Many contemporary registration algorithms may introduce a bias as they are not designed to be inverse consistent. Here inverse consistency means that one expects to obtain the inverse transform when registering B to A as opposed to A to B. Several inverse consistent approaches exist for nonlinear warps. Often, both forward and backward warps are jointly estimated, e.g., (Christensen and Johnson, 2001; Zeng and Chen, 2008), while others match at the midpoint (Beg and Khan, 2007). Symmetric pairwise registration is, for example, used in Avants et al. (2007) and Nakamura et al. (2011). Avants et al. (2007) use a non-linear registration (SyN) to construct a spatiotemporal parametrization, however, for longitudinal processing, the baseline is treated as a reference frame, differently from follow-up images, and the 1 year image is sampled from the spatiotemporal diffeomorphism. Nakamura et al. (2011) combine forward and inverse linear registrations to construct symmetric pairwise registrations, but register all follow-up images to baseline. We will discuss the possibilities of introducing bias via interpolation asymmetry or different treatment of specific time points in the sections below.
In the rather simple rigid registration case, inverse consistency is often tacitly assumed, but as shown in Reuter et al. (2010), it is not necessarily guaranteed. In order to avoid the introduction of this type of bias we developed a robust rigid registration method, as described in that paper, in which both the algorithm and the mathematical model are designed to be symmetric by mapping source and target images to a half way space. In several rigid registration tools, one image (source or movable) is resampled internally to the space of the target image, which destroys the symmetry. Our approach avoids the construction of both forward and inverse transforms. Furthermore, based on robust statistics (Nestares and Heeger, 2000), our algorithm increases the accuracy of the registration by reducing the influence of outlier regions (different jaw, neck, eye positions, motion artifacts, morphological change such as atrophy or tumor growths, or differences induced by the imaging technologies, such as gradient non-linearities). This is achieved by iteratively detecting and ignoring real image differences that cannot be accounted for by the registration.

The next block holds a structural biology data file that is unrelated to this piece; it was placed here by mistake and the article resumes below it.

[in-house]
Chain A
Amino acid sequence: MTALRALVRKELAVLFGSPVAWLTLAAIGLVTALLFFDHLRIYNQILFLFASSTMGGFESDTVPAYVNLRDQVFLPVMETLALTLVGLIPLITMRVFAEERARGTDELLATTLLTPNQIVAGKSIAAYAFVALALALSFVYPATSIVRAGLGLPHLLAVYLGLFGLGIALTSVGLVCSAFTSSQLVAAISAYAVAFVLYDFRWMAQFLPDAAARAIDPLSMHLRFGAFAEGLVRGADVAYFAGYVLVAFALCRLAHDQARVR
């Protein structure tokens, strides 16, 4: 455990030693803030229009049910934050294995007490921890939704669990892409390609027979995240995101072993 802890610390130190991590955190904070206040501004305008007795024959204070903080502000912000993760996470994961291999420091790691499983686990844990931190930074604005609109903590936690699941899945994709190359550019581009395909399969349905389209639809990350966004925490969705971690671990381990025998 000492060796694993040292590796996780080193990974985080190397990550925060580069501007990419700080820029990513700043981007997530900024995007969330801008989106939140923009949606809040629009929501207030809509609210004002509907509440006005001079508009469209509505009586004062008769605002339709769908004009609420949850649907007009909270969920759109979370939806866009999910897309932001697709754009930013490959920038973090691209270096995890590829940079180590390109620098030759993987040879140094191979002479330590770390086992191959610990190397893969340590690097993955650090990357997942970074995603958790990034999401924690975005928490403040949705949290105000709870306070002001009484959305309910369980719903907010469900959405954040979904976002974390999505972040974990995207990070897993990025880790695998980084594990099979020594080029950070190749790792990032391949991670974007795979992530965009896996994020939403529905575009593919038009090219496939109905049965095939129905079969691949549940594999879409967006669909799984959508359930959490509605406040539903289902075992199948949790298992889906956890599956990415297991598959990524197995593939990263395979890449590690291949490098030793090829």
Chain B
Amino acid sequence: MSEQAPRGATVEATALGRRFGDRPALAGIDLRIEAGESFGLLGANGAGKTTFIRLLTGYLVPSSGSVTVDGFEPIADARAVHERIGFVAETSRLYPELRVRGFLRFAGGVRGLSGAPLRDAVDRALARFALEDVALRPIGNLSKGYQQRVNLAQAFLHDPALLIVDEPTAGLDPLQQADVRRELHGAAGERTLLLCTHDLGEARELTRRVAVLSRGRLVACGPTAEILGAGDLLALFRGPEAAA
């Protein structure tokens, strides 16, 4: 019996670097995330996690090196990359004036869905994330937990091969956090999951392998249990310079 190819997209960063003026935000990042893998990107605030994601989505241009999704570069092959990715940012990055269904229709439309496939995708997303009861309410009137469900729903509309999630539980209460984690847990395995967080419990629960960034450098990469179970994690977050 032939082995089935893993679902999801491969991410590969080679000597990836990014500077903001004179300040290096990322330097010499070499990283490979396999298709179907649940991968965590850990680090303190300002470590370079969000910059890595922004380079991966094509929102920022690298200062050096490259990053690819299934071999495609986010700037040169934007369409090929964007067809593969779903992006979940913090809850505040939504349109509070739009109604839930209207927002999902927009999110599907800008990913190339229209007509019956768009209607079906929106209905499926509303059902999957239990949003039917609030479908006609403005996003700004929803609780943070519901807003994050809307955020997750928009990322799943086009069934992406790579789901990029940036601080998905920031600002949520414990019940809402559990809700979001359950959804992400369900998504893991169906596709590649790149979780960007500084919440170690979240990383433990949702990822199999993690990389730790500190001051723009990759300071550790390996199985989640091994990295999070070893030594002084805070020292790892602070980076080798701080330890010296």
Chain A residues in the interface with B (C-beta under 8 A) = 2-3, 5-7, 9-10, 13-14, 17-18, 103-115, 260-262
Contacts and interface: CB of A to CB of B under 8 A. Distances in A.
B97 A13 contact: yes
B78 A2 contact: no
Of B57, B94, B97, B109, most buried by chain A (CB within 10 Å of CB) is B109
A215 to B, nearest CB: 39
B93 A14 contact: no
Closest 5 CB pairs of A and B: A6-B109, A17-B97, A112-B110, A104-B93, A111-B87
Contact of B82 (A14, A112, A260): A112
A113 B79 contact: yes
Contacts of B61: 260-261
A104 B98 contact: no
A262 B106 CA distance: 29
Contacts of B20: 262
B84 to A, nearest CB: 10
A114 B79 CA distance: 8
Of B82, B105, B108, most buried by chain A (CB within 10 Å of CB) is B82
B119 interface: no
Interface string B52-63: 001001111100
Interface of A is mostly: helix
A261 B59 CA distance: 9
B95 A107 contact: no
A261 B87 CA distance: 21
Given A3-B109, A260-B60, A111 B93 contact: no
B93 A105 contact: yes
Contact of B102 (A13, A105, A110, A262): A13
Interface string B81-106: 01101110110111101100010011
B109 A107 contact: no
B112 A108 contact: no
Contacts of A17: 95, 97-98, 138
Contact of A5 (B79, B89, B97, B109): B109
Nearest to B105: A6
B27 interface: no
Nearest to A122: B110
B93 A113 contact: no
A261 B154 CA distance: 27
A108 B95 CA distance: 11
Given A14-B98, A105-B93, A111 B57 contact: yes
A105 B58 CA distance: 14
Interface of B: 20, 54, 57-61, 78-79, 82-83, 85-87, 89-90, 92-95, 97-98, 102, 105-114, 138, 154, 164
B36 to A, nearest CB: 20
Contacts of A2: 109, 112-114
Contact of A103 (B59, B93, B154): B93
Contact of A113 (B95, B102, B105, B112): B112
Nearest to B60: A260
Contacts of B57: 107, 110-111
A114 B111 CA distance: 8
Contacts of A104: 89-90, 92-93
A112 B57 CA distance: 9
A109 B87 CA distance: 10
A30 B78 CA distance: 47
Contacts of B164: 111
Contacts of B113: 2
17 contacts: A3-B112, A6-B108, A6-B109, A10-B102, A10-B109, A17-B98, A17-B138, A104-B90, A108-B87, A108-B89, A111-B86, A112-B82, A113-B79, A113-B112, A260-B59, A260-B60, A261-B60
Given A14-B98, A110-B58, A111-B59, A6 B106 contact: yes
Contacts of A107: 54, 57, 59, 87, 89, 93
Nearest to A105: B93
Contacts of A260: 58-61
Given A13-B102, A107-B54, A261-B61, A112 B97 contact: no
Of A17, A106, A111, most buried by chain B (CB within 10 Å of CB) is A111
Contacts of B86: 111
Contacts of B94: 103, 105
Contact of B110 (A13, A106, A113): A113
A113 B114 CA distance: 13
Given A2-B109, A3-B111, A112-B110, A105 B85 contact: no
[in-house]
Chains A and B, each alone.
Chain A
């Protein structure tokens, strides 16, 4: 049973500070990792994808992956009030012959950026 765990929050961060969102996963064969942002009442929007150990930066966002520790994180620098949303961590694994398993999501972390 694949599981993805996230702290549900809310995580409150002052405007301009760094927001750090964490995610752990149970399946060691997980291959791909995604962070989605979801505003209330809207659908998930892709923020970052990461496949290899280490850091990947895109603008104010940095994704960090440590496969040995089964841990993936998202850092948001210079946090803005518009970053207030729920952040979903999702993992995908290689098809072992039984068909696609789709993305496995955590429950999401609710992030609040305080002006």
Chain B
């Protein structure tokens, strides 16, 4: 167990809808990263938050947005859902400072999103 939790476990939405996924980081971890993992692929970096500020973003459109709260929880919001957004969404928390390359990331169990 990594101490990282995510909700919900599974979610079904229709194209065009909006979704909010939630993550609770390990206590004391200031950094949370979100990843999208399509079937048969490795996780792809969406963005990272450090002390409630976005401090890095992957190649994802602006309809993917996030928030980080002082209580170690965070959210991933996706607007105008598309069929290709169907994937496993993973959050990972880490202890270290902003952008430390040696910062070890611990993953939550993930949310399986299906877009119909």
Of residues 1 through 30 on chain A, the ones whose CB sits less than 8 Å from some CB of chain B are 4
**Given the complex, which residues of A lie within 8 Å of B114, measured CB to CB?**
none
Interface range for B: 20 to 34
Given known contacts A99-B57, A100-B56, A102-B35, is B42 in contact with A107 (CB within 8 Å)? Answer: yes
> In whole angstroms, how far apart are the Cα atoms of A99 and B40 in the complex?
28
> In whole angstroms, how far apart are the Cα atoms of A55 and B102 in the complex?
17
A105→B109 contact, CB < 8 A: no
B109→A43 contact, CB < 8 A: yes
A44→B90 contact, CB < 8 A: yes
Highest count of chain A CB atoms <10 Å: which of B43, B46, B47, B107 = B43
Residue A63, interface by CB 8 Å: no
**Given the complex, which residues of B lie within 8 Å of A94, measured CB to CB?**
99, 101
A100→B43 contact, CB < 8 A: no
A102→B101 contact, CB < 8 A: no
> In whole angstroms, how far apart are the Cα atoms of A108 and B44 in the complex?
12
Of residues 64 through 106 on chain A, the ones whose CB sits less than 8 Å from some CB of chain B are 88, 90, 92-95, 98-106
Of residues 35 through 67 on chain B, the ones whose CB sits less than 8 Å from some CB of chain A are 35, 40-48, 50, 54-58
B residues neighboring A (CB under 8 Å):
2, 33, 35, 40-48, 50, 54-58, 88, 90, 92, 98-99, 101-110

Longitudinal studies frequently acquire more than two images for each subject. In order to reduce variability and detect true change in structure or function, it is important to be able to transfer and share information across time. A standard way of constructing spatial correspondence is to register all follow-up images to the baseline scan. The images are then either resampled at that location or the inverse maps are used to transport information into native voxel spaces. Either way, even when using an inverse consistent pairwise registration tool, the baseline scan is used as a reference frame and therefore is treated differently from the other time points, introducing a potential bias. For example, resampling other time points to the baseline will smooth these images and of course alter any downstream measurements. This typically results in different (usually steeper) slopes in the rate of change between baseline and time two, than between the follow up images. The effect of this bias can easily be verified by choosing a different time point as the registration target and observing the corresponding change in slopes. Yushkevich et al. (2010) also documented this type of bias, likely due to the asymmetric interpolation in the linear registration pre-processing step.
In order to avoid this type of effect, it is essential to treat all time points identically and ensure they undergo the same degree of smoothing due to image interpolation. In FreeSurfer, for example, we resolve this problem by creating an unbiased within-subject template space for the common registration of all input images of the given subject. Resampling all inputs to the same voxel space further reduces variability of measurements. Note that for the specific case of two time points Smith et al. (2001) already avoided this type of bias by resampling both input images at the midpoint (half way space) after the (not necessarily inverse consistent) registration procedure. Also see Joshi et al. (2004) and Avants and Gee (2004) for a similar approach in unbiased non-linear atlas creation, warping several images to a mean shape.